The New MeX-Files
Deep Inside New Mexico's High Strange Community
By Devin D. O'Leary
THE TRUTH IS OUT THERE
AUGUST 11, 1997: Thanks to the worldwide media feeding frenzy that was the Roswell 50th anniversary, everyone in America now associates the Land of Enchantment with little green men from outer space. But crashed flying saucers and dead alien bodies in the desert are not the only odd phenomena that New Mexico has to offer. Our state has an active and downright fanatical community of people interested in the paranormal, the supernatural and the plain old extraterrestrial. "High Strange" is the new catch-all, PC term used to encompass this divergent set of theories, beliefs and misunderstood phenomena. From new age healers in Santa Fe, to mad scientists at White Sands, to "UFOlogists" in Taos, the Land of Enchantment has a long tradition of strangeness at its most high.
Take a trip to local bookstore Page One, and you'll see an entire section of books dedicated to flying saucers, crop circles, Tesla technologies, cryptozoology, Atlantis, mental telepathy and the New World Order--it all falls under the mantle of High Strange. In the past few years, all things alien, occult or just plain weird have become prevalent to a point that they haven't been since the mid-'70s heyday of Charles Berlitz (Secret of the Bermuda Triangle) and Erich Von Daniken (Chariots of the Gods).
In order to learn more about this growing underground community, I decided to make my own descent into the dark, labyrinthine world of the New MeX-Files.
It's lunch time at Minato, an upscale sushi bar in Albuquerque's Northeast Heights. It's about as far from "dark" and "labyrinthine" as I could possibly get. This isn't exactly how I expected to be inducted into New Mexico's High Strange community. Still, as I squat on a tatami mat devouring a soft-shell crab roll, I'm being introduced to "the group."
Vic Brown is the informal leader of this loose affiliation that meets every Thursday to discuss conspiracy theory between bites of tempura. Brown is a retired federal police officer with a strong background in physics. He has published magazine articles on rain forest depletion and other favorite topics. He is a nuts-and-bolts science man who goes for none of the "new age stuff" as he calls it. The genial, well-spoken Brown now divides his time between his two passions: nature photography and "aerial phenomena." He proudly points out that his home-built "UFO detectors" (pager-sized devices that measure magnetic disturbances) have been distributed all over northern New Mexico.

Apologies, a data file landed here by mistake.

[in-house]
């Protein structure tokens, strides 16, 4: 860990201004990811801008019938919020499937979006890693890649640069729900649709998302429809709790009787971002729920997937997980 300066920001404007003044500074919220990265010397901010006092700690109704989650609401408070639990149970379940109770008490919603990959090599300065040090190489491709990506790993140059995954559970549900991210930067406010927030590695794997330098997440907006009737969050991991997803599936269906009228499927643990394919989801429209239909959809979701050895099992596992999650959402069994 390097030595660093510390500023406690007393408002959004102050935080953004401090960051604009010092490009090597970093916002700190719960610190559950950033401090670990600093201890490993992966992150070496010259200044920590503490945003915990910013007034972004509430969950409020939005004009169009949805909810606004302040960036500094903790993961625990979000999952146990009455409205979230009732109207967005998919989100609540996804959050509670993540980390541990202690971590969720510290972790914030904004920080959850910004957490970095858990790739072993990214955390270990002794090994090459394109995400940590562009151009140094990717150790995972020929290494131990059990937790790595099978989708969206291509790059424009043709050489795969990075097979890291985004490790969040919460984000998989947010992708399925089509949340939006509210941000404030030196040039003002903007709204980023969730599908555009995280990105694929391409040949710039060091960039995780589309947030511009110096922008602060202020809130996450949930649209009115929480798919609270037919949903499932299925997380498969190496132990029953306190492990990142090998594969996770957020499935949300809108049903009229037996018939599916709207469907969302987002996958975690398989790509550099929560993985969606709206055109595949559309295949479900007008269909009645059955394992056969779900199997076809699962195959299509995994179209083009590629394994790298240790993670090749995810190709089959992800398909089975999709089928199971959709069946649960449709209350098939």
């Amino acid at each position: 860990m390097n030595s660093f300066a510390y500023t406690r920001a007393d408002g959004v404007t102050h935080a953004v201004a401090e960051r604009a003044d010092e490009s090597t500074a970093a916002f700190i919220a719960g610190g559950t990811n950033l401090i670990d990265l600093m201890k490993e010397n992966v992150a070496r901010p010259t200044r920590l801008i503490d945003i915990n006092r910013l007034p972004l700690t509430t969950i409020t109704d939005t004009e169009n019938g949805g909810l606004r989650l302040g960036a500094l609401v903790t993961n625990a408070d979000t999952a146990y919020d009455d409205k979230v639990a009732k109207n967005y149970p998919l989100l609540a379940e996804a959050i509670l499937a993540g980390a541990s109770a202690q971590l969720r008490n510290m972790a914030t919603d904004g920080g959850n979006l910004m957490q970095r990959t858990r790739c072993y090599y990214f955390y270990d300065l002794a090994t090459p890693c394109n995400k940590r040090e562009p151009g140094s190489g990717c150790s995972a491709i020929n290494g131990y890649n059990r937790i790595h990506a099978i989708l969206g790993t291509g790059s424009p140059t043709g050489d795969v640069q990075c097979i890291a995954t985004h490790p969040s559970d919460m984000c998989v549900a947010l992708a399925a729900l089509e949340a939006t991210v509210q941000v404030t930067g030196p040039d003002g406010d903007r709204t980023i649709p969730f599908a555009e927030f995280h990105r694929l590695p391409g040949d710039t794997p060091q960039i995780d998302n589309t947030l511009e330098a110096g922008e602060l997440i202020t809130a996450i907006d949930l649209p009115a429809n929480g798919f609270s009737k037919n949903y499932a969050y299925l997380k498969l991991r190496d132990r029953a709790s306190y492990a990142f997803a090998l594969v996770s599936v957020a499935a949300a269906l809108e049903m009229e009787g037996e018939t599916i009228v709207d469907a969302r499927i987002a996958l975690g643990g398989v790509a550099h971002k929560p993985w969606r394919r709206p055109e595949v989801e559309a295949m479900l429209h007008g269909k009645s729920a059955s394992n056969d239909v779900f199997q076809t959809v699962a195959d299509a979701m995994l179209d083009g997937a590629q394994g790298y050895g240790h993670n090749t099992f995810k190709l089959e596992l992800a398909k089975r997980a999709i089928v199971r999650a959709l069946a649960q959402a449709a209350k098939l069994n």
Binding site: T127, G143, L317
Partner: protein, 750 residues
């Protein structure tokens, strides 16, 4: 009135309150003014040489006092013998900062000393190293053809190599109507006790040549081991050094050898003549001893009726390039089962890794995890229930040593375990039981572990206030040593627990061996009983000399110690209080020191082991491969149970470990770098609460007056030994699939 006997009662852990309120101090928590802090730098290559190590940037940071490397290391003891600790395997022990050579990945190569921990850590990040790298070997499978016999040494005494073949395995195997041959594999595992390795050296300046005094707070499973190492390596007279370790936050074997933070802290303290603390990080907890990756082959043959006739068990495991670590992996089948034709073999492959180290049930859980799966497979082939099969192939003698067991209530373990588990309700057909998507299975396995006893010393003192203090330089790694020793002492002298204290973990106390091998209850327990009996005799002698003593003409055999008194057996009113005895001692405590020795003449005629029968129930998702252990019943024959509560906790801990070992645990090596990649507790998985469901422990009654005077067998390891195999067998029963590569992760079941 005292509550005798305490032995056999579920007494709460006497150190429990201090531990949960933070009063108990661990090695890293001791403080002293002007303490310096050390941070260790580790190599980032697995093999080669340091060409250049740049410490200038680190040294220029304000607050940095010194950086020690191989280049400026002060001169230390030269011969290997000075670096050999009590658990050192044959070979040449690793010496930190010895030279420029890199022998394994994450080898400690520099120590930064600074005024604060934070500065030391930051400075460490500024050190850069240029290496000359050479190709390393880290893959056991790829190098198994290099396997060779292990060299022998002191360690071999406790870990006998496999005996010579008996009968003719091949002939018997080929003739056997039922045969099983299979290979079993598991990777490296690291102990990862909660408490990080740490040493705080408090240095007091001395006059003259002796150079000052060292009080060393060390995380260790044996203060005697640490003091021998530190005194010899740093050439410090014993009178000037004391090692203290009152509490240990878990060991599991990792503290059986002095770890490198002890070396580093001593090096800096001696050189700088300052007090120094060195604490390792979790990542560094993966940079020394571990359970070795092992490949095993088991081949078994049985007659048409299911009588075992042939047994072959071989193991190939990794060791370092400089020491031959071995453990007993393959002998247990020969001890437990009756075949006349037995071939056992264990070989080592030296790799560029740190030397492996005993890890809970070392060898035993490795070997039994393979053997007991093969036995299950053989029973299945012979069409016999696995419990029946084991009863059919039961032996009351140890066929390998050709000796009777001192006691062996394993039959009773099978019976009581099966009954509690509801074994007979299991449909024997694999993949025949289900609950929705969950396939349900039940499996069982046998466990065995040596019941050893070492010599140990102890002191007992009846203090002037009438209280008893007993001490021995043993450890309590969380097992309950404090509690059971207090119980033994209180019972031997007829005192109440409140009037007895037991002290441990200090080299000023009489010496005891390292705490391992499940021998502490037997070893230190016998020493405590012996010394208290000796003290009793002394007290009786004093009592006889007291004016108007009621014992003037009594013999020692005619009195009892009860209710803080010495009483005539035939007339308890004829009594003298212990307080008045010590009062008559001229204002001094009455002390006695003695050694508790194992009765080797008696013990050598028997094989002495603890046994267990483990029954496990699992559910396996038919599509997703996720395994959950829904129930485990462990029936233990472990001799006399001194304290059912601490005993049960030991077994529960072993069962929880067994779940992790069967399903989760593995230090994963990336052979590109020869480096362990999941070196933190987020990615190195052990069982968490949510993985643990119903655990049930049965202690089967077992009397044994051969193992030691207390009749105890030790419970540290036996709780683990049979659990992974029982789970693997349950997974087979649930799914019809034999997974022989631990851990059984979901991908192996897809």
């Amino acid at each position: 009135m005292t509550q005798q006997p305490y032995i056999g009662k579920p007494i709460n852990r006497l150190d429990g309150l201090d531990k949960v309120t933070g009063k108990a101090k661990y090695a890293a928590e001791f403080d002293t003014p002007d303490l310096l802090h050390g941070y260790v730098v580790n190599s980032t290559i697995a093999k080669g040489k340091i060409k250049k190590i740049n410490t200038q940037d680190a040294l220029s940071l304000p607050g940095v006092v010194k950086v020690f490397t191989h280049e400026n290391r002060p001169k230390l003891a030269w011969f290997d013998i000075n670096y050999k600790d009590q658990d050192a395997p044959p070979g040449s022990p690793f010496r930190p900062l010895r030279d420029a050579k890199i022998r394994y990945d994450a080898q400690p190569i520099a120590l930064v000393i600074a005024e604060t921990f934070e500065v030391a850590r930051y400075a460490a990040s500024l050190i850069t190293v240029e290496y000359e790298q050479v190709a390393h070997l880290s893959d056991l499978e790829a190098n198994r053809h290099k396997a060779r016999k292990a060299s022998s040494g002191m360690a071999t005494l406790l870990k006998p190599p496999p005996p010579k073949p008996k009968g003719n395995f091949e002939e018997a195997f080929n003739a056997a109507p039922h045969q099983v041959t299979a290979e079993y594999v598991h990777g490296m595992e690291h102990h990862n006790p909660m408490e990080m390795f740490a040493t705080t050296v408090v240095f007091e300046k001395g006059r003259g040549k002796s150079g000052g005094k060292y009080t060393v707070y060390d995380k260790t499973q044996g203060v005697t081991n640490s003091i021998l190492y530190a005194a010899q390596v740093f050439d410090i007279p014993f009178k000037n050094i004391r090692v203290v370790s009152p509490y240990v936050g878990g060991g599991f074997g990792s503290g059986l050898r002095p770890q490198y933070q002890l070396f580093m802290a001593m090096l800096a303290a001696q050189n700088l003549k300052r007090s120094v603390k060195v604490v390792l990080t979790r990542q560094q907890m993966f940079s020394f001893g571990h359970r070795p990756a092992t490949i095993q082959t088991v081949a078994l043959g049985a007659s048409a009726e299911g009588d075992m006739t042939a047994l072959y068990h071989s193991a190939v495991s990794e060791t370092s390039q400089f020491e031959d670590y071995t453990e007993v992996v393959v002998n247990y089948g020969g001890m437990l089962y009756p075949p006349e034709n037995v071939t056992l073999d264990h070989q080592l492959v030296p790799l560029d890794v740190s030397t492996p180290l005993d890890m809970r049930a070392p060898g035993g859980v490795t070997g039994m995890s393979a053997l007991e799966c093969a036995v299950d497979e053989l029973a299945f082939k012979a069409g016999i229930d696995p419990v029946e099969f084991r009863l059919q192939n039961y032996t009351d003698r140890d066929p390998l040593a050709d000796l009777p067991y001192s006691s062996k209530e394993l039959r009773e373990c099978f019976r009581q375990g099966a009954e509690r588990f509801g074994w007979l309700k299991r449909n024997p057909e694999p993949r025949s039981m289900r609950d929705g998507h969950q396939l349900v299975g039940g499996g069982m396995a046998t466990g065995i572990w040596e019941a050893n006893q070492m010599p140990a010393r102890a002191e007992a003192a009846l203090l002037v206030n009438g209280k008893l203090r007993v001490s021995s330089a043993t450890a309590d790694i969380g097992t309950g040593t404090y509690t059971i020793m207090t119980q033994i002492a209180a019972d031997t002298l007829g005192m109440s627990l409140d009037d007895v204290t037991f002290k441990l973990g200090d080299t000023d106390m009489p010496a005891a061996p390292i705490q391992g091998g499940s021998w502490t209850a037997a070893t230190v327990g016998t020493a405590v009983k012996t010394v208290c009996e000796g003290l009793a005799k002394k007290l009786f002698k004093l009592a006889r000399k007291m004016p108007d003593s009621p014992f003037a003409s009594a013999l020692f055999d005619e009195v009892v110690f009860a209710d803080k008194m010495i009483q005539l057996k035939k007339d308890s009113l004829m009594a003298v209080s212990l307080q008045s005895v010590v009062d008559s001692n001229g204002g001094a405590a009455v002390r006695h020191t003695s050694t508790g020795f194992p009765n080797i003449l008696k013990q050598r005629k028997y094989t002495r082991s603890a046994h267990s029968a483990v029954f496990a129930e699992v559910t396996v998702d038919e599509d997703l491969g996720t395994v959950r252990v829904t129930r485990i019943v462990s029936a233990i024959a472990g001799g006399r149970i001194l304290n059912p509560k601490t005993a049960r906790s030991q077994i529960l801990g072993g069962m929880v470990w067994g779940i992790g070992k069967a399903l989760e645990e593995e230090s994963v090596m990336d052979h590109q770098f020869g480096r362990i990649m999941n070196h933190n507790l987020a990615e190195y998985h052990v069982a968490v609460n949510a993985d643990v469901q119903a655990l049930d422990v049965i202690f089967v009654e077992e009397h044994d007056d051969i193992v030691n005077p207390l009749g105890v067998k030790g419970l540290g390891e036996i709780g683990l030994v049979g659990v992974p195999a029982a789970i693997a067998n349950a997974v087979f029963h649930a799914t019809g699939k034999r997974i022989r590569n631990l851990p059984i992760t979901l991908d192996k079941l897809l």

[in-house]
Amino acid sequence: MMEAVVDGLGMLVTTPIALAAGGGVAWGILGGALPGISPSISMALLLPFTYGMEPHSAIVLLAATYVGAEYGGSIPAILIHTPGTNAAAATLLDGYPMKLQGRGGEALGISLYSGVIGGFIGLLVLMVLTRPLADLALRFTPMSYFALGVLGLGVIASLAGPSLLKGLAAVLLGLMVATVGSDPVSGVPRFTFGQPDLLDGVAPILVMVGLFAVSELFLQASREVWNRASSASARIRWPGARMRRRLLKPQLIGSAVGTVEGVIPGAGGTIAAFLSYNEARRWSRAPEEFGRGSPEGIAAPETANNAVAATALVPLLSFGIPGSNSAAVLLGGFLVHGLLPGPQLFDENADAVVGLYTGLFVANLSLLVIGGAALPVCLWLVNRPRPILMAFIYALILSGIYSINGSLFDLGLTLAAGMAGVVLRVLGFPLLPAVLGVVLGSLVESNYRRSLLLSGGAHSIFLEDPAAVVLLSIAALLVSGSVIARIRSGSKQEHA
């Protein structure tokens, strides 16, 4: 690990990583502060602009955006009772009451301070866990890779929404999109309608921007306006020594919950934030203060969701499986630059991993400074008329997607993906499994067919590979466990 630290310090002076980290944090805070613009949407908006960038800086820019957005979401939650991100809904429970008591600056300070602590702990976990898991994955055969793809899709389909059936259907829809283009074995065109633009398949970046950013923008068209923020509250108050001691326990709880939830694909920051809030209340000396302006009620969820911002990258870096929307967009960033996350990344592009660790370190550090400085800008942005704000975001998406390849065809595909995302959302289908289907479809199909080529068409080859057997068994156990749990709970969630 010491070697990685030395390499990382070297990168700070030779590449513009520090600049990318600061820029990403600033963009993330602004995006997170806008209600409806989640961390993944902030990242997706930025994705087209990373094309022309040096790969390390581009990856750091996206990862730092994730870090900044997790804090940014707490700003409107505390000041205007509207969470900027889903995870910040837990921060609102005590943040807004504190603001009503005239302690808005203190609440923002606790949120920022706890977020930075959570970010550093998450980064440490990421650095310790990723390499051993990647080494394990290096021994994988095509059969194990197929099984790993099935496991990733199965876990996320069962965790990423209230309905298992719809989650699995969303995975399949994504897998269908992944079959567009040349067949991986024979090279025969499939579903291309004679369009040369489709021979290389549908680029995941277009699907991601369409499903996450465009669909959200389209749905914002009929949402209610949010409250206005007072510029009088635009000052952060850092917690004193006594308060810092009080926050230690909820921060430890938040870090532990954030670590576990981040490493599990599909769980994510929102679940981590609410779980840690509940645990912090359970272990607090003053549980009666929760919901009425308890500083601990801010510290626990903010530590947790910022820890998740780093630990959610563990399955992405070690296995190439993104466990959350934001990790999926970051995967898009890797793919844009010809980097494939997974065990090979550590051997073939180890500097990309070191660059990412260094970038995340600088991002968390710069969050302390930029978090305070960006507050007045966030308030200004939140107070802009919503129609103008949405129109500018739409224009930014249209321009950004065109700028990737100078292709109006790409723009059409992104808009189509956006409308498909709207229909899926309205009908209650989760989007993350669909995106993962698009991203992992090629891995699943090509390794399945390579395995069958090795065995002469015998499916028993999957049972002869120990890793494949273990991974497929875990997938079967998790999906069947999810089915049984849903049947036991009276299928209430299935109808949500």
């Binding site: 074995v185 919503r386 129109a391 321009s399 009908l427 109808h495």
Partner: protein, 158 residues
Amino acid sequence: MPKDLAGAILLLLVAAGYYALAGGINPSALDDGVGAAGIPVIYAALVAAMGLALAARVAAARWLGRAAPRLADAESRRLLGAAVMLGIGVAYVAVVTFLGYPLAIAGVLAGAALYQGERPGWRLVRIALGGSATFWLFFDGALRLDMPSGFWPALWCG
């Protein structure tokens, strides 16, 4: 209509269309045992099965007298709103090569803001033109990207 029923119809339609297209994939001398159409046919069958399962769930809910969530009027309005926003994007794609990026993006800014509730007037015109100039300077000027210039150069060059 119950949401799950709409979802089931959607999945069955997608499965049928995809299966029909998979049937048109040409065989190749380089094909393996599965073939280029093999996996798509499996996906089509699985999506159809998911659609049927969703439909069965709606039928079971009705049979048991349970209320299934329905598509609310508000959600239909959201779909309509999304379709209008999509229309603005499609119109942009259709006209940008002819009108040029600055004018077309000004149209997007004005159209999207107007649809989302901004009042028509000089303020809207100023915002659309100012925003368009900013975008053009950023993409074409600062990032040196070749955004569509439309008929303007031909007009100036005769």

The day I show up at the weekly High Strange meeting, there are about 20 people in attendance. Listening to the rapid-fire conversations bouncing around the room is dizzying. I hear about how the Mars Rover will disappear before reaching the Red Planet, will go missing for five days and will appear again in the hands of an alien race, (an eventuality that, sad to say, did not occur). I am informed about a bunch of hillbillies in Arkansas who shot and killed an actual Bigfoot the week before (unfortunately, they buried the corpse and all evidence was lost). I'm adamantly warned never to get a flu shot (apparently that's how the government brainwashes you). I'm also informed that the "red Chinese" are building two entire cities in the desert outside Los Angeles so that they can begin their takeover of America (I'm still checking on this one).
Everyone in the group seems to have their own "specialty." For one person it's cattle mutilations, for another it's alien abductions. The members trade books, videotapes and informational pamphlets like others would trade baseball cards. If you've ever attended a UFO lecture, you know what the typical "believer" looks like. The High Strange group fits the profile quite well. Almost all are older, retired. Most are intelligent, well-educated. Many have served in the military. A great number are female. What holds them together is their unshakable need to believe in something. In this community, the word "skeptic" is tossed around with all the nasty connotation of the word "heretic."
Unfortunately, the strength of these beliefs can also prove to be the undoing of such groups. New Mexico no longer has a chapter of MUFON (Mutual UFO Network, the nation's largest UFO society), reportedly because of schismatic infighting. At the sushi bar conclave, I hear people insist that UFOs are from Venus, from another dimension, from the Earth's core, from the CIA or were stolen from the Nazis during World War II (and depending upon whom you listen to, the Nazis stole them from Atlantis, a mystical Tibetan society or crackpot scientist Nikolai Tesla). It's not surprising that these beliefs can cause rifts, even among friends. But, as one frequent High Strange attendee concludes, "I'm awfully fond of those people. ... Besides, they're a lot more fun than the debunkers."